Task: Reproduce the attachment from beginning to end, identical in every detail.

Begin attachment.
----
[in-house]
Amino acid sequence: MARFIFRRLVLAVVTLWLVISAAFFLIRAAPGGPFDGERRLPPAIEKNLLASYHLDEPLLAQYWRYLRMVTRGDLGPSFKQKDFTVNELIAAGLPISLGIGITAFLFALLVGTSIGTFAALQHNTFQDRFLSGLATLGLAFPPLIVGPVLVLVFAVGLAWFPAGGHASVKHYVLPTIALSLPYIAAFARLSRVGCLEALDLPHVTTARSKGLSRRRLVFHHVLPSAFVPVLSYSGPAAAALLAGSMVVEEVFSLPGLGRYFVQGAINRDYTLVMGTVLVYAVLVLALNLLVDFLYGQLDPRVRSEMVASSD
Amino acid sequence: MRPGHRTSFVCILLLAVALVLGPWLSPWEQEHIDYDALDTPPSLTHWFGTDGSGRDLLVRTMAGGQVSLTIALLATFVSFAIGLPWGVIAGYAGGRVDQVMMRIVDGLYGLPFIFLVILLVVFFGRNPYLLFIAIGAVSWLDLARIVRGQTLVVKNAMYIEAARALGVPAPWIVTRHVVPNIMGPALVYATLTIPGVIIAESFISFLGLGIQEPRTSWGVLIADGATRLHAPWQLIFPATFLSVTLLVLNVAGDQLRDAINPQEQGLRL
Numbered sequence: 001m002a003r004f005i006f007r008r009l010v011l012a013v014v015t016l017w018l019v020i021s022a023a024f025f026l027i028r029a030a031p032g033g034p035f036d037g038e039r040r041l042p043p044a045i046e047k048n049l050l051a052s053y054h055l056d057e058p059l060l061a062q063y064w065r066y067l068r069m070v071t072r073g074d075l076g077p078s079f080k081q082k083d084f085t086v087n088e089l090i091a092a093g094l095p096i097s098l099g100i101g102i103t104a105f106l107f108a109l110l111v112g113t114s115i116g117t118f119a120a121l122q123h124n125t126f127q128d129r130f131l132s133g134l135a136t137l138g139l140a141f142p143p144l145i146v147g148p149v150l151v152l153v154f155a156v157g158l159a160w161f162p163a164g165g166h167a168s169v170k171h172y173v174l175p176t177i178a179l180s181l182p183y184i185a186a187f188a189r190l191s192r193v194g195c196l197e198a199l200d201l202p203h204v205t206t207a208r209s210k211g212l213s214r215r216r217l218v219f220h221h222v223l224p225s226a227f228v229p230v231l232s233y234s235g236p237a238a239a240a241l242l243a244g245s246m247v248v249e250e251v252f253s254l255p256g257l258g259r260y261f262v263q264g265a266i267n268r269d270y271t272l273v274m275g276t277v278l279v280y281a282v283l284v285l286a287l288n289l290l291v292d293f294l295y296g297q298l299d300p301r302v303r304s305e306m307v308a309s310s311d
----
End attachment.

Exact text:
[in-house]
Amino acid sequence: MARFIFRRLVLAVVTLWLVISAAFFLIRAAPGGPFDGERRLPPAIEKNLLASYHLDEPLLAQYWRYLRMVTRGDLGPSFKQKDFTVNELIAAGLPISLGIGITAFLFALLVGTSIGTFAALQHNTFQDRFLSGLATLGLAFPPLIVGPVLVLVFAVGLAWFPAGGHASVKHYVLPTIALSLPYIAAFARLSRVGCLEALDLPHVTTARSKGLSRRRLVFHHVLPSAFVPVLSYSGPAAAALLAGSMVVEEVFSLPGLGRYFVQGAINRDYTLVMGTVLVYAVLVLALNLLVDFLYGQLDPRVRSEMVASSD
Amino acid sequence: MRPGHRTSFVCILLLAVALVLGPWLSPWEQEHIDYDALDTPPSLTHWFGTDGSGRDLLVRTMAGGQVSLTIALLATFVSFAIGLPWGVIAGYAGGRVDQVMMRIVDGLYGLPFIFLVILLVVFFGRNPYLLFIAIGAVSWLDLARIVRGQTLVVKNAMYIEAARALGVPAPWIVTRHVVPNIMGPALVYATLTIPGVIIAESFISFLGLGIQEPRTSWGVLIADGATRLHAPWQLIFPATFLSVTLLVLNVAGDQLRDAINPQEQGLRL
Numbered sequence: 001m002a003r004f005i006f007r008r009l010v011l012a013v014v015t016l017w018l019v020i021s022a023a024f025f026l027i028r029a030a031p032g033g034p035f036d037g038e039r040r041l042p043p044a045i046e047k048n049l050l051a052s053y054h055l056d057e058p059l060l061a062q063y064w065r066y067l068r069m070v071t072r073g074d075l076g077p078s079f080k081q082k083d084f085t086v087n088e089l090i091a092a093g094l095p096i097s098l099g100i101g102i103t104a105f106l107f108a109l110l111v112g113t114s115i116g117t118f119a120a121l122q123h124n125t126f127q128d129r130f131l132s133g134l135a136t137l138g139l140a141f142p143p144l145i146v147g148p149v150l151v152l153v154f155a156v157g158l159a160w161f162p163a164g165g166h167a168s169v170k171h172y173v174l175p176t177i178a179l180s181l182p183y184i185a186a187f188a189r190l191s192r193v194g195c196l197e198a199l200d201l202p203h204v205t206t207a208r209s210k211g212l213s214r215r216r217l218v219f220h221h222v223l224p225s226a227f228v229p230v231l232s233y234s235g236p237a238a239a240a241l242l243a244g245s246m247v248v249e250e251v252f253s254l255p256g257l258g259r260y261f262v263q264g265a266i267n268r269d270y271t272l273v274m275g276t277v278l279v280y281a282v283l284v285l286a287l288n289l290l291v292d293f294l295y296g297q298l299d300p301r302v303r304s305e306m307v308a309s310s311d